Last week, the minister of communications stated at a technology forum that over 400 federal Ministries, Departments and Agencies (MDAs) are now connected to the internet (yes, you just saw 400).
As true as this may be, many more still are not connected. When you think Nigerian civil service, you think nepotism; therefore, you don’t necessarily have to be qualified for the job, you just need to know the right people. This is why the civil service is filled with unmotivated middle-aged men and women who are not computer literate. This has so eaten deep into the fabric of the Nigerian government that federal agencies have year in year out recorded low productivity.
Many startup owners have constantly complained about how frustrating dealing with federal agencies can be. Here are a few of their challenges.
A huge pile of paperwork
Some government agencies still run the paper filling system which is not only tedious and time-consuming but also prone to human error. These errors would mean starting the process over again and spending above the estimated budget. Many government agencies don’t use computers to store their data so there are lots of forms to fill here and there.
These processes can easily be done online but most civil servants are not computer literate, hence still stuck in their old ways. Although the government has in the past charged public servants to become computer literate, the progress is still very slow.
Many Nigerian startup owners have constantly complained about how time consuming dealing with government agencies can be. From running from pillar to post to make payments and filling forms to stamping one document or the other, a lot of unnecessary time is put into these processes. After waiting in their office from 8 am, the “official in charge” could waltz into the office at 10 am and still act like they are doing you a favour by attending to you.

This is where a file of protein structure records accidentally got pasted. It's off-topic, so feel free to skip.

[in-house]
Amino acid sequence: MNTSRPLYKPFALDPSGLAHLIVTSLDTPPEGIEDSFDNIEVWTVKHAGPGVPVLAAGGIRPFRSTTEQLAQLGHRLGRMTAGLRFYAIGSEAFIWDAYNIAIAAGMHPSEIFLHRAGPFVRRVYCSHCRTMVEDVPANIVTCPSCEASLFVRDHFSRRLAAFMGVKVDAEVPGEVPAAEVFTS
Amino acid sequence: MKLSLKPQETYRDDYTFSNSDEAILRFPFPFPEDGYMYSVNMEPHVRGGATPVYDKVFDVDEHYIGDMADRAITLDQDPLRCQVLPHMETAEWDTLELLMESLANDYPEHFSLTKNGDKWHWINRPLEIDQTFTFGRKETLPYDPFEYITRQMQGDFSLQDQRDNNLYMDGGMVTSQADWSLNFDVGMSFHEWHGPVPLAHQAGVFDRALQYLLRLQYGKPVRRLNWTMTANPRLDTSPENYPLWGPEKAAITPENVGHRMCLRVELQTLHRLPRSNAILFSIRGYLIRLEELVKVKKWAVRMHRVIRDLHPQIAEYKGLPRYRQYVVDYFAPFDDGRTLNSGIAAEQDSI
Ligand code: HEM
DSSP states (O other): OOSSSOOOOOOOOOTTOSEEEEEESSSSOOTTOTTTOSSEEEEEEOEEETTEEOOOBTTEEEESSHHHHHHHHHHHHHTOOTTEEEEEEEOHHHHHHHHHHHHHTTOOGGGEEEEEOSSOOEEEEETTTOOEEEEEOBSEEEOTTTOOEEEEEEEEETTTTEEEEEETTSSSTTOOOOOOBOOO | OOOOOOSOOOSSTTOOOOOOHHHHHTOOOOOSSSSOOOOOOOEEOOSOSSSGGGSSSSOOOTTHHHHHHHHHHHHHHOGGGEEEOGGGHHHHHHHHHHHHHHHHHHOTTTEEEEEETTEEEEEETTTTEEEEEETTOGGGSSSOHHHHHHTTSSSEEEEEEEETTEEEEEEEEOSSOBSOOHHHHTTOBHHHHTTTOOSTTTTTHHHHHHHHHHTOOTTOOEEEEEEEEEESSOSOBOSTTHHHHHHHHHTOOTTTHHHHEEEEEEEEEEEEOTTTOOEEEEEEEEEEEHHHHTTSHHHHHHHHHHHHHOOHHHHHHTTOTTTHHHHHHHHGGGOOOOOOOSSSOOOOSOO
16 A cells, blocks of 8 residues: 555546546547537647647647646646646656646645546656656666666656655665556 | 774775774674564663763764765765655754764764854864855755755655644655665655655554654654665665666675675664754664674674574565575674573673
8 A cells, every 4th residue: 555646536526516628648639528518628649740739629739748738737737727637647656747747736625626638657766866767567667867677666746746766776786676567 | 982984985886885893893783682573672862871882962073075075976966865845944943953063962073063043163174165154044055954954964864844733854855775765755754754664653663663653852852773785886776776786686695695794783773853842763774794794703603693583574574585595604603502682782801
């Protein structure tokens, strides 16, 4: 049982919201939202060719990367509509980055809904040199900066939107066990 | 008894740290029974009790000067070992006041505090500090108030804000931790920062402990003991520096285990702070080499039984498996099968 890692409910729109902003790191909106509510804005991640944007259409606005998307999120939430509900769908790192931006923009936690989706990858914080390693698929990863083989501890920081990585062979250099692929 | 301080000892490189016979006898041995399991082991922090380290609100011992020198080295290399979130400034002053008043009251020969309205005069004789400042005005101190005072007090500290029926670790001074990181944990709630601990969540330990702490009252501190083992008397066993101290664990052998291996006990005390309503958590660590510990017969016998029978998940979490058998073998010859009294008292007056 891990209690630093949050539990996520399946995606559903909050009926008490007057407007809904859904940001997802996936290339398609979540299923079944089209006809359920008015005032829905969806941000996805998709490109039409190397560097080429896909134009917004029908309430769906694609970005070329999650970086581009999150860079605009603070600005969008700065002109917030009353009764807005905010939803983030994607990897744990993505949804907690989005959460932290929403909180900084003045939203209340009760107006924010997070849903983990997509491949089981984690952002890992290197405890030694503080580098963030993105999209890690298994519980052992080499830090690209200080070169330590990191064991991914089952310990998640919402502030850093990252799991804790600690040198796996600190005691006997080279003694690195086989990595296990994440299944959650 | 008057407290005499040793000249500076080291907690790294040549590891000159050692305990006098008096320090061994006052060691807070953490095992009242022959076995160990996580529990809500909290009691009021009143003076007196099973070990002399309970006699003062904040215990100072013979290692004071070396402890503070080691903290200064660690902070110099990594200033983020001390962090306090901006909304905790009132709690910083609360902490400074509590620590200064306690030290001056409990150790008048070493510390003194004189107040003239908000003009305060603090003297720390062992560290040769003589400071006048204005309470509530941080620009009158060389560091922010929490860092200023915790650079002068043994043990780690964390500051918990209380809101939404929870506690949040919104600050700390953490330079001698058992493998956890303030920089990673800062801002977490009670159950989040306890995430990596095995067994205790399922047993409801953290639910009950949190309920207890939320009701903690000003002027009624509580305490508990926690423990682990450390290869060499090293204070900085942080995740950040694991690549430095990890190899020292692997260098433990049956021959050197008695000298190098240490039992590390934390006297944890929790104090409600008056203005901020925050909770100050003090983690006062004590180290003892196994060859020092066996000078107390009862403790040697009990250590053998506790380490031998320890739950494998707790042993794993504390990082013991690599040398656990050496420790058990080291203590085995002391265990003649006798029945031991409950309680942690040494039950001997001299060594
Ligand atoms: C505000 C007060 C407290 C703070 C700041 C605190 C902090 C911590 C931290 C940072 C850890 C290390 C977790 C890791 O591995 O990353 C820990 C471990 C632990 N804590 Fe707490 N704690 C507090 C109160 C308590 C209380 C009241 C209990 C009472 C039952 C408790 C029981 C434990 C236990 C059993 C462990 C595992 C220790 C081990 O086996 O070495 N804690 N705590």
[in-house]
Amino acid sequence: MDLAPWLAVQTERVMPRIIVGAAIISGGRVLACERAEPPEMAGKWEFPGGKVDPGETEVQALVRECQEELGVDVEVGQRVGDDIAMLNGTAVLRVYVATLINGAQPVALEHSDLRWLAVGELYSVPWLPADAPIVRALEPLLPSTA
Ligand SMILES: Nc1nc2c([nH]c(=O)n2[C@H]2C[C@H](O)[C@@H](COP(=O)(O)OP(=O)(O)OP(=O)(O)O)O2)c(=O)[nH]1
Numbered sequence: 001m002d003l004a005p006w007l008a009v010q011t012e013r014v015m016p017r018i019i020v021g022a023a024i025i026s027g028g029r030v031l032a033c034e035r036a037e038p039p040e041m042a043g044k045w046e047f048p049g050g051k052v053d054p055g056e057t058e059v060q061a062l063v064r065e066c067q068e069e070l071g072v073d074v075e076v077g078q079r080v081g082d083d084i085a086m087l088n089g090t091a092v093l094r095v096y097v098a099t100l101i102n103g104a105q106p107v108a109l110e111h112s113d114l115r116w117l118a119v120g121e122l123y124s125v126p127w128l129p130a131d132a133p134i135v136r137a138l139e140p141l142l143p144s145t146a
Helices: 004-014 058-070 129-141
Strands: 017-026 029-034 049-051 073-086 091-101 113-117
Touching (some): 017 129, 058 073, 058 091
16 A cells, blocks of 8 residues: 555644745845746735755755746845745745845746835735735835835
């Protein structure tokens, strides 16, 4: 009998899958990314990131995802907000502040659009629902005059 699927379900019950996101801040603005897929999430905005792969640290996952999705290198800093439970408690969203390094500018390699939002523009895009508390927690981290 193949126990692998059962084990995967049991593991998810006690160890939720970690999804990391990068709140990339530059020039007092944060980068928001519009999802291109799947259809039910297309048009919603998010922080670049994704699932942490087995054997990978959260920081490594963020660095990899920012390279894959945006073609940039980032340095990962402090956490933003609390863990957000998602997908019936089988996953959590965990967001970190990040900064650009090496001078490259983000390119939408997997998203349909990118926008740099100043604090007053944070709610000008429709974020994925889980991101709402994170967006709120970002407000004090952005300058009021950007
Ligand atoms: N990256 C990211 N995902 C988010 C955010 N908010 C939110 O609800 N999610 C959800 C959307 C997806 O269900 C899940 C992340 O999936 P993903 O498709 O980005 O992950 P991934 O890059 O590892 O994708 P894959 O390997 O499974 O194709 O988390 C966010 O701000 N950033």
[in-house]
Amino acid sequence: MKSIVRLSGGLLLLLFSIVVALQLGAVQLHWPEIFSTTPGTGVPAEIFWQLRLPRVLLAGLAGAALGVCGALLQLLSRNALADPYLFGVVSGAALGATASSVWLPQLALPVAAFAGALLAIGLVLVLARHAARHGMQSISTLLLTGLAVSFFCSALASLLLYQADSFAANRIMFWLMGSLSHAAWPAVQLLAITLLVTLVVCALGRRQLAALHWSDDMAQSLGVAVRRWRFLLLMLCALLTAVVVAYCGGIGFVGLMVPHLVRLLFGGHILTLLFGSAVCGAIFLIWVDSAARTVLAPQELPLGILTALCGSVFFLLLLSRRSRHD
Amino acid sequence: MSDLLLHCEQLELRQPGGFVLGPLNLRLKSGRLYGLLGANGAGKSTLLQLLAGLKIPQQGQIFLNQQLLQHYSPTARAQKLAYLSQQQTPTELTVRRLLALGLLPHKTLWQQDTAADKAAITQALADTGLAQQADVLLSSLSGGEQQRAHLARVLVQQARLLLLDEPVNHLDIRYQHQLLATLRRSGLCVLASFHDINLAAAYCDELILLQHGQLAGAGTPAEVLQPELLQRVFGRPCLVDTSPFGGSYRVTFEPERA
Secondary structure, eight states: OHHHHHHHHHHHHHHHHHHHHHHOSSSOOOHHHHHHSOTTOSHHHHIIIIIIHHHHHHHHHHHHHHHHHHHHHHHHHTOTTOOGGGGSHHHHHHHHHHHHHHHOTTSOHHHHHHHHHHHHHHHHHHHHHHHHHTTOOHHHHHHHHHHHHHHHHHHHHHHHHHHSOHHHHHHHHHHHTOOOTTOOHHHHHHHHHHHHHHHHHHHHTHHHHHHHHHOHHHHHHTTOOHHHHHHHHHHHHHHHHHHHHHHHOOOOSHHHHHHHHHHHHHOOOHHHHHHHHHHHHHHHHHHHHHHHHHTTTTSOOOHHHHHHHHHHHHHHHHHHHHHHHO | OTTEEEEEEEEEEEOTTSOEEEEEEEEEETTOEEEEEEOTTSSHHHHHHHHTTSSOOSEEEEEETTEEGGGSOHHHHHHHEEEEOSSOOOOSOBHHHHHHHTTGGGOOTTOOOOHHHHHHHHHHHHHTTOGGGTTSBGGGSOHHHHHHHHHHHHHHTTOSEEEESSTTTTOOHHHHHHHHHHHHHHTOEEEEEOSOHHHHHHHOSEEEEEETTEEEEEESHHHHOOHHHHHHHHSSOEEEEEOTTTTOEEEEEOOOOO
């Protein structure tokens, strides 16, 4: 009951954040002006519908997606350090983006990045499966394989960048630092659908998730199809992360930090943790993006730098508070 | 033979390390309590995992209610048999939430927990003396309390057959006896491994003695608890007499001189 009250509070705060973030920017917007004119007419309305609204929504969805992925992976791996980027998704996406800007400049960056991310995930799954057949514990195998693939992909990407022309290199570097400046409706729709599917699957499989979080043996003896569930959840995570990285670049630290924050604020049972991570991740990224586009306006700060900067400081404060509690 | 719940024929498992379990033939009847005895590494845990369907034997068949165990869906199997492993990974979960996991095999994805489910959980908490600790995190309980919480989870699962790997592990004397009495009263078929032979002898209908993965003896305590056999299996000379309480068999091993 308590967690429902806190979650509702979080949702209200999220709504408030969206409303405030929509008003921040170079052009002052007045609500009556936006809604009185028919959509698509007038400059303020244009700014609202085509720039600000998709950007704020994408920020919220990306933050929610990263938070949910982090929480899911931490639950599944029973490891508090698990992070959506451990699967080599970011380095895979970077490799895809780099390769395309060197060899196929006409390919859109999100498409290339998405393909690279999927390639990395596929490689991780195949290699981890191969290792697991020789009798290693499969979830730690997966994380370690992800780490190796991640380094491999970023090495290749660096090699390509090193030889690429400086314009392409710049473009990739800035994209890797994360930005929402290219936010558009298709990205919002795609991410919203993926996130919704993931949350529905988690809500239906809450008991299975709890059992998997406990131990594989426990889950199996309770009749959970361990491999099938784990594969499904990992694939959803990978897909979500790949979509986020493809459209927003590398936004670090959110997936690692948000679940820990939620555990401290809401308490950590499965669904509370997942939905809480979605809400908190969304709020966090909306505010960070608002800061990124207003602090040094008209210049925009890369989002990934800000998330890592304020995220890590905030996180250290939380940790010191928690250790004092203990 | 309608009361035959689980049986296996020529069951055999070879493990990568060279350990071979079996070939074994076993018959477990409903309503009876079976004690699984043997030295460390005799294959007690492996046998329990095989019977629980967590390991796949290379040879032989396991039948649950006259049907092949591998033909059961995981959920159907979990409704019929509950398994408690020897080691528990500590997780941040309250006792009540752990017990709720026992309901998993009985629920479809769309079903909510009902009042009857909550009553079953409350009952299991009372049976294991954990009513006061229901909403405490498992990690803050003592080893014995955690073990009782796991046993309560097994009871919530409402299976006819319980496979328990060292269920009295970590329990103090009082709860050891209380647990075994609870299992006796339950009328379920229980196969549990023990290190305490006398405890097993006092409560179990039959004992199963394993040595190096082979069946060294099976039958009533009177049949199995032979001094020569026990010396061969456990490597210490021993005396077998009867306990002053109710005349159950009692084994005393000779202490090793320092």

Although some of these agencies have websites, a big percentage of their operations still take place offline. The Corporate Affairs Commission ( CAC ) for example has a website which has a name search feature where new business owners can go to check for the availability of their business names before they can be registered.
Notwithstanding, startups owners still have to deal with officials during the subsequent steps of business registration, a process that could take weeks to complete.
Corruption is one of the biggest problems we face in Nigeria, it has become like a second nature to most government officials who expect bribes before they can do the jobs they are paid to do. This is a huge problem for most startup owners who are tight on funds and trying to legalise their businesses. They have to make off-the-books payments to these government officials before they can be attended to and those that don’t offer bribes would usually be delayed.
The Nigerian government is barely supporting tech startups, the least they can do is to make their dealings with them a little bearable.
This is a call to federal agencies to do better. To those start up owners who are yet to go through these processes, brace yourselves and get ready to be frustrated!
Jan. 18: Bonus Built in Africa episode: Town Hall meeting with Peter Salovey, President of Yale University
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